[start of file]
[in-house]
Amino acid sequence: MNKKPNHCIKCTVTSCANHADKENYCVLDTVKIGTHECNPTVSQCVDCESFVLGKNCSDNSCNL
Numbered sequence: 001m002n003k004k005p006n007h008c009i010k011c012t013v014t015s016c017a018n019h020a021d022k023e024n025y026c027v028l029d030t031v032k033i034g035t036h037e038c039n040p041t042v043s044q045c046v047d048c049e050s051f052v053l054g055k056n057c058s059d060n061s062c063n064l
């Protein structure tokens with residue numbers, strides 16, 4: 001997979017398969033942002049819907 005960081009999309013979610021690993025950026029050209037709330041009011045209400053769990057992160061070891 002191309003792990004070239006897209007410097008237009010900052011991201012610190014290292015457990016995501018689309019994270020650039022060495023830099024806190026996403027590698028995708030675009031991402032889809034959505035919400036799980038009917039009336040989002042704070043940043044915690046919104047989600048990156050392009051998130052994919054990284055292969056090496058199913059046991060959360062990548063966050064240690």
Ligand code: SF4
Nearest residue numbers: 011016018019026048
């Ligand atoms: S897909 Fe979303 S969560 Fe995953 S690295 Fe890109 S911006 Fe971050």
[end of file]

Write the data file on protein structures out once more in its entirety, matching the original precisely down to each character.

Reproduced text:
[in-house]
Amino acid sequence: MNKKPNHCIKCTVTSCANHADKENYCVLDTVKIGTHECNPTVSQCVDCESFVLGKNCSDNSCNL
Numbered sequence: 001m002n003k004k005p006n007h008c009i010k011c012t013v014t015s016c017a018n019h020a021d022k023e024n025y026c027v028l029d030t031v032k033i034g035t036h037e038c039n040p041t042v043s044q045c046v047d048c049e050s051f052v053l054g055k056n057c058s059d060n061s062c063n064l
């Protein structure tokens with residue numbers, strides 16, 4: 001997979017398969033942002049819907 005960081009999309013979610021690993025950026029050209037709330041009011045209400053769990057992160061070891 002191309003792990004070239006897209007410097008237009010900052011991201012610190014290292015457990016995501018689309019994270020650039022060495023830099024806190026996403027590698028995708030675009031991402032889809034959505035919400036799980038009917039009336040989002042704070043940043044915690046919104047989600048990156050392009051998130052994919054990284055292969056090496058199913059046991060959360062990548063966050064240690």
Ligand code: SF4
Nearest residue numbers: 011016018019026048
């Ligand atoms: S897909 Fe979303 S969560 Fe995953 S690295 Fe890109 S911006 Fe971050």